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Rapid induction of tumorigenesis by expression of mammalian proteins. It is possible that mutations were selected during the process of making the Ma6 and Mu6 cells that contributed to their tumorigenic phenotype. However, it is worth pointing out that care was taken to ensure that clonal populations were not generated during the introduction of the transgenes and that we altered pathways already implicated to collaborate to form tumors, at least when viral proteins were used for transformation (6). Moreover, if a mutation did occur that was essential for tumorigenesis, it would have had occurred independently in the mammary and muscle cultures and only during the period the cells were being generated, as both the colonies in soft agar and the tumors grew too fast to allow for the selection of additional events during these periods of growth. Nevertheless, to address this possibility, yet another cell type, normal human embryonic kidney cells, was infected over the course of 6 days in the absence of drug selection with three retroviruses derived from pBABE plasmids that we engineered to coexpress pairs of hTERT and p53DD, cyclin D1 and CDK4R24C, and c-MycT58A and H-RasG12V. This was immediately followed by infection with a pBABEpuro-p53DD–derived retrovirus and puromycin selection for another 6 days to ensure high expression of this dominant-negative protein, to enrich for infected cells, and, as a safety measure, to provide a means to easily detect helper virus. Thus, in the course 2 weeks, cells were infected with retroviruses encoding the six transgenes shown to cooperate for promotion of tumorigenic growth of human cells. This cell population, termed human embryonic kidney-6 gene (He6), was confirmed to express the desired six transgenes (Fig. 3A) and injected into the flanks of four immunocompromised mice to assay for tumor growth. In all four mice, tumors were detected at, on average, 14 days postinjection (Fig. 3B; Table 1). These tumors were highly neoplastic and poorly differentiated, invading into adjacent muscle tissue. Cells displayed large pleomorphic nuclei with multiple nucleoli (Fig. 3C). The rapid introduction of these transgenes and formation of tumors supports the argument that expression of hTERT, p53DD, cyclin D1, CDK4R24C, c-MycT58A, and H-RasG12V is sufficient to drive normal human cells to a tumorigenic state.

Figure 3.

Rapid conversion of human cells to a tumorigenic state. A, a primary culture of human embryonic kidney cells was serially and rapidly infected with retroviruses encoding the pairs of transgenes hTERT + p53DD, cyclinD1 + CDK4R24C, and c-MycT58A + H-RasG12V, followed by infection with and brief puromycin selection for the retrovirus derived from pBABEpuro-p53DD. The resulting cell population, termed human embryonic kidney-6 gene (He6), was confirmed to express these transgenes by RT-PCR. A water sample amplified with GAPDH-specific primers serves as a negative control; GAPDH serves as a loading control. B, photograph of a representative tumor (arrow) formed after He6 cells were injected into the flank of an immunocompromised mouse. C, H&E staining of a representative tumor formed after He6 cells were injected into the flank of immunocompromised mouse. Note the prominent invasion of tumor cells into the adjacent muscle tissue (right).

Figure 3.

Rapid conversion of human cells to a tumorigenic state. A, a primary culture of human embryonic kidney cells was serially and rapidly infected with retroviruses encoding the pairs of transgenes hTERT + p53DD, cyclinD1 + CDK4R24C, and c-MycT58A + H-RasG12V, followed by infection with and brief puromycin selection for the retrovirus derived from pBABEpuro-p53DD. The resulting cell population, termed human embryonic kidney-6 gene (He6), was confirmed to express these transgenes by RT-PCR. A water sample amplified with GAPDH-specific primers serves as a negative control; GAPDH serves as a loading control. B, photograph of a representative tumor (arrow) formed after He6 cells were injected into the flank of an immunocompromised mouse. C, H&E staining of a representative tumor formed after He6 cells were injected into the flank of immunocompromised mouse. Note the prominent invasion of tumor cells into the adjacent muscle tissue (right).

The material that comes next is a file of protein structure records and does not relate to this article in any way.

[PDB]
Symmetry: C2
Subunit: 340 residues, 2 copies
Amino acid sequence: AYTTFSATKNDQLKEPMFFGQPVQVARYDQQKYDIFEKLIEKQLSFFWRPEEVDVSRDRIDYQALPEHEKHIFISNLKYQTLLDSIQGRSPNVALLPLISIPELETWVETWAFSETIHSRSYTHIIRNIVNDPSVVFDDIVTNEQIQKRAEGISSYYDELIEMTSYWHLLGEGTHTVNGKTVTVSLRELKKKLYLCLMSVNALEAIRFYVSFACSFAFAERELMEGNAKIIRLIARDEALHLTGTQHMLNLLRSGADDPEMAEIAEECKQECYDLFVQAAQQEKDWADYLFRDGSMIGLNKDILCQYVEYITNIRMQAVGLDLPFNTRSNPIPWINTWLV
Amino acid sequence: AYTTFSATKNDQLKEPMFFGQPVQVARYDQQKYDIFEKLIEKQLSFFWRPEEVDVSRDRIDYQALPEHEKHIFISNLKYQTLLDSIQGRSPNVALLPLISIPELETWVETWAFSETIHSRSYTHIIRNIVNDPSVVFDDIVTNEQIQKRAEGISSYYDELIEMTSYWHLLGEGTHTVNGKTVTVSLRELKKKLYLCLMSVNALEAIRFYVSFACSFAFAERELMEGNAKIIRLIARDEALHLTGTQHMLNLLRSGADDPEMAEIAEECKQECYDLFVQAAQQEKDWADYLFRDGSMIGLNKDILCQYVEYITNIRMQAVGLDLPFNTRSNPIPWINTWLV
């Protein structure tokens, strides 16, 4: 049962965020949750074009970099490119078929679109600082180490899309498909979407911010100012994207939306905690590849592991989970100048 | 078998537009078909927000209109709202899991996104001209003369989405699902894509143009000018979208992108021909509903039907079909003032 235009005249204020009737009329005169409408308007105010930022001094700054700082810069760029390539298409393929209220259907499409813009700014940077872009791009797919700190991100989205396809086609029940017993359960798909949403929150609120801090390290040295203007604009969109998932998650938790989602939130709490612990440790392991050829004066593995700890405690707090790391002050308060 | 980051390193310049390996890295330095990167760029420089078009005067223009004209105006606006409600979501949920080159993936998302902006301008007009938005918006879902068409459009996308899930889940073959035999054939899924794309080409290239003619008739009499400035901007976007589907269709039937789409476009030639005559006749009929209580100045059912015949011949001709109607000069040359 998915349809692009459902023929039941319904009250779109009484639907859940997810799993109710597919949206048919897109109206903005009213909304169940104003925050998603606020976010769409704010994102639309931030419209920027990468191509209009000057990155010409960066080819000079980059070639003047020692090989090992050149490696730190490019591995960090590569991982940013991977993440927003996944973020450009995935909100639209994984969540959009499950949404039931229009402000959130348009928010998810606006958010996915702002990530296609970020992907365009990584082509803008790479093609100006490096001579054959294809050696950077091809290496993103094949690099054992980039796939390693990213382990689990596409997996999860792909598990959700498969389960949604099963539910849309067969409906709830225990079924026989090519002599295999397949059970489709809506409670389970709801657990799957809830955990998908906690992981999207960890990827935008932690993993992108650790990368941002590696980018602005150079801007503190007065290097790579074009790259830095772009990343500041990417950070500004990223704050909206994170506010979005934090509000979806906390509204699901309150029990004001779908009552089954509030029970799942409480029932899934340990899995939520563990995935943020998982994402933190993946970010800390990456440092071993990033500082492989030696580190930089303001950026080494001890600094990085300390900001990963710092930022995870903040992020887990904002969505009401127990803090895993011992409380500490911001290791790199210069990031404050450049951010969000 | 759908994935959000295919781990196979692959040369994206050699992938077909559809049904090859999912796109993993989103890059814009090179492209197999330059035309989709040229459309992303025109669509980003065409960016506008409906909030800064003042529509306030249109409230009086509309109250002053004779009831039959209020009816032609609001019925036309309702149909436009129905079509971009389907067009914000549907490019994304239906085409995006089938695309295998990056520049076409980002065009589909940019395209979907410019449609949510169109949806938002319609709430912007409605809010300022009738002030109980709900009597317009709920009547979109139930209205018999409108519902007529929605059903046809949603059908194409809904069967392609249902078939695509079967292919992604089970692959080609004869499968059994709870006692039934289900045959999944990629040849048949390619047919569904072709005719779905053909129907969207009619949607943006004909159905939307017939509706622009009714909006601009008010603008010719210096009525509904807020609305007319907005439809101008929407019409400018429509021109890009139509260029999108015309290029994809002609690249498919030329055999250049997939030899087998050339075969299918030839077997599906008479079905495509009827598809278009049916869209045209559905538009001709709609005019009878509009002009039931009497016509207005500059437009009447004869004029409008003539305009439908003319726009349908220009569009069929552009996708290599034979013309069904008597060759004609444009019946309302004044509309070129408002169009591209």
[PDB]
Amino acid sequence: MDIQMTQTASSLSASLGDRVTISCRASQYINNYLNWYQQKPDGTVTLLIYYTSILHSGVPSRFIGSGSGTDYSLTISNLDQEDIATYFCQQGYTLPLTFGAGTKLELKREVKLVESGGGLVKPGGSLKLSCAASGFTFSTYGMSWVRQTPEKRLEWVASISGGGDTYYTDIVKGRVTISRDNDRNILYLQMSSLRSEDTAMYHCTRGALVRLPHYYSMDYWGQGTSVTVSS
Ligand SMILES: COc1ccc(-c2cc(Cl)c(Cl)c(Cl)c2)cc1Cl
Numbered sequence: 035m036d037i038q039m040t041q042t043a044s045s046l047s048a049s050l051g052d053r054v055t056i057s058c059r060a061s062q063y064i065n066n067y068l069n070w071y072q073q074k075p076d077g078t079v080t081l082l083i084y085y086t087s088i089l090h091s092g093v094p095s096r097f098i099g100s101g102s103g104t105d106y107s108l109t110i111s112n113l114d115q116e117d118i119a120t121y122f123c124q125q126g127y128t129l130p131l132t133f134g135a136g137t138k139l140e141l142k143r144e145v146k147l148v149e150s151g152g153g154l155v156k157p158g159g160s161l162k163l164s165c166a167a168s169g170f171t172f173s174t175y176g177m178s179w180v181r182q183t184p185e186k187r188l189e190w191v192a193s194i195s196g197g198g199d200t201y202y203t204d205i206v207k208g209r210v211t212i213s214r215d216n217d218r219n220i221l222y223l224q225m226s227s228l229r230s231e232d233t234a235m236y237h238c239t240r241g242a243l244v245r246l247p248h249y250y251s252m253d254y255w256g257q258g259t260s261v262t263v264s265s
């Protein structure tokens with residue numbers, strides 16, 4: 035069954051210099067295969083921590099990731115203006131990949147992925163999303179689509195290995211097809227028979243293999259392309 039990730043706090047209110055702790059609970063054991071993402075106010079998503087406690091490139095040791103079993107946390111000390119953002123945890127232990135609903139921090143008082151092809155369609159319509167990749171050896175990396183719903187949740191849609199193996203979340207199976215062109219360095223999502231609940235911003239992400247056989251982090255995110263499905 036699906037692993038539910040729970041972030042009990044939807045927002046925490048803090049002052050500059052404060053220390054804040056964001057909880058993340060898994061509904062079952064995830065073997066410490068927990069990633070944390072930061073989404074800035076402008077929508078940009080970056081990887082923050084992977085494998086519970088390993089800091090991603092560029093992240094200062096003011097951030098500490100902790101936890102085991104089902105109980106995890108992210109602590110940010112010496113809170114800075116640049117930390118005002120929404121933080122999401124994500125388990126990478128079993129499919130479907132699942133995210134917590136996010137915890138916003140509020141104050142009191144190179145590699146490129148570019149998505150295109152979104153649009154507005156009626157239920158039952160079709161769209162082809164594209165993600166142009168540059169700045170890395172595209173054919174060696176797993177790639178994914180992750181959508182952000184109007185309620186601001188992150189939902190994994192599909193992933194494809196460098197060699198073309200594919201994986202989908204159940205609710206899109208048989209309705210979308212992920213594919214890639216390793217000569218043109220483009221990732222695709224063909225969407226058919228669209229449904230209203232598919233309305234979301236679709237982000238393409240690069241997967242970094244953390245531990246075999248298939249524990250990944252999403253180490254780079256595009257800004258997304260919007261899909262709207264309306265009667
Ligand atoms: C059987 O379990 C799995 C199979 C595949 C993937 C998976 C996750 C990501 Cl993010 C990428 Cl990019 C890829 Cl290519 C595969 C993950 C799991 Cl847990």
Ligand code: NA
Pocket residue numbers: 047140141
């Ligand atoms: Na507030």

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We now show that expression of a set of six proteins altered in human cancers, which inactivate the tumor suppressors Rb and p53 and activate the Ras, Myc, and hTERT pathways, is sufficient to drive normal human somatic cells to a tumorigenic state. As tumor growth was reproducibly achieved by this approach in three very different cell types and could be rapidly induced, we argue that these changes, and not others, account for the tumor phenotype. Whereas it is clear that these exact changes are not found in every cancer, many mutations in human cancers are known to cause similar changes to those inflicted by one or more of these six proteins (1). Given this overlap, we speculate that these changes may serve as a general blueprint for the pathways that collectively must be altered in a similar fashion for the clinical growth of solid tumors.

Note: S. DiSean Kendall and C. Linardic contributed equally to this work.

Grant support: NIH grant CA94184 and Leukemia and Lymphoma Society (C.M. Counter).

The costs of publication of this article were defrayed in part by the payment of page charges. This article must therefore be hereby marked advertisement in accordance with 18 U.S.C. Section 1734 solely to indicate this fact.

We thank William Hahn for plasmids pBABEpuro-cyclinD1-HA, pBABEhygro-CDK4R24C-HA, and pBABEneo-p53DD; Jay Morgenstern for pBABE backbone plasmids and advice; and Silvia Bacchetti for primary human embryonic kidney cells.